In June, the last week of school in Duluth, two school buses stopped in the Lakeside neighborhood. The first bus had its red lights flashing, its stop-arm extended, door open and was getting ready to unload students when a man driving a Chevy Silverado truck drove right by.
That’s when the driver of the second bus, who witnessed the incident, laid on the horn to get the driver’s attention. It worked. The man stopped at the second bus, “smiled and made a gesture with his hands in a ‘whoops’ motion” before continuing on.
This is just one of thousands of incidents that occur every day all over the country, including in Minnesota. In 2018, 1,052 citations were written in Minnesota for stop-arm violations. That number was 1,099 in 2017 and 1,130 in 2016, according to court records.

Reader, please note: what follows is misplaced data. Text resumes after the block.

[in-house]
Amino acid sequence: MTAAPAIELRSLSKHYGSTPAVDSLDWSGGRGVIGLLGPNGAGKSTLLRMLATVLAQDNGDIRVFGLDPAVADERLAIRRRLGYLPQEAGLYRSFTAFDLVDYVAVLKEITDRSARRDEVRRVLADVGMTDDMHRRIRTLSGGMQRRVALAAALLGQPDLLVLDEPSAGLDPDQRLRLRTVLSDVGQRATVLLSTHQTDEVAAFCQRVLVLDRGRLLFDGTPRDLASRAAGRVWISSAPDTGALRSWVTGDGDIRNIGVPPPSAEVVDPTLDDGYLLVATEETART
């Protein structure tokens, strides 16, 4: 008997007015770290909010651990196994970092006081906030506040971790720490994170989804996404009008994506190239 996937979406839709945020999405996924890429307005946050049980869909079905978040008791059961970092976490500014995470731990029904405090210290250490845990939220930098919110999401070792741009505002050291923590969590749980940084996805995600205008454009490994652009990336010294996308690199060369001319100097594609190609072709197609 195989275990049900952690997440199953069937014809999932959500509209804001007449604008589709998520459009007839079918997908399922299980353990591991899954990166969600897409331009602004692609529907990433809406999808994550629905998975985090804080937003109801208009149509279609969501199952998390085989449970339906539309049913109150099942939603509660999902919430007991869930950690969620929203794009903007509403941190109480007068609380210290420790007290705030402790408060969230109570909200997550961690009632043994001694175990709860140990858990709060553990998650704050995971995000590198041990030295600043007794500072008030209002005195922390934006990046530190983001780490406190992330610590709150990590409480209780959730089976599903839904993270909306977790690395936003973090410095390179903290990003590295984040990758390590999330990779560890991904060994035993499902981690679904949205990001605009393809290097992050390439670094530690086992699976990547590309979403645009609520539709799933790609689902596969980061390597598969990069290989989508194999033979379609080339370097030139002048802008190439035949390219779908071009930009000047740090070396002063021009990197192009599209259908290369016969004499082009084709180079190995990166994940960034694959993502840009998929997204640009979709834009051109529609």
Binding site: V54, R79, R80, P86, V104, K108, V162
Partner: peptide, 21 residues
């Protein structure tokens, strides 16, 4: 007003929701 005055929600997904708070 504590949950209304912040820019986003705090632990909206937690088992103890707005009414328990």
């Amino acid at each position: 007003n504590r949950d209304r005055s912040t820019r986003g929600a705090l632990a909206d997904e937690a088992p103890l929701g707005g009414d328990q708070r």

In Minnesota, about 2,000 bus drivers participate each year. Over the past five years, Minnesota bus drivers have tallied an average of more than 600 violations in a single day. Some of these violations have resulted in close calls.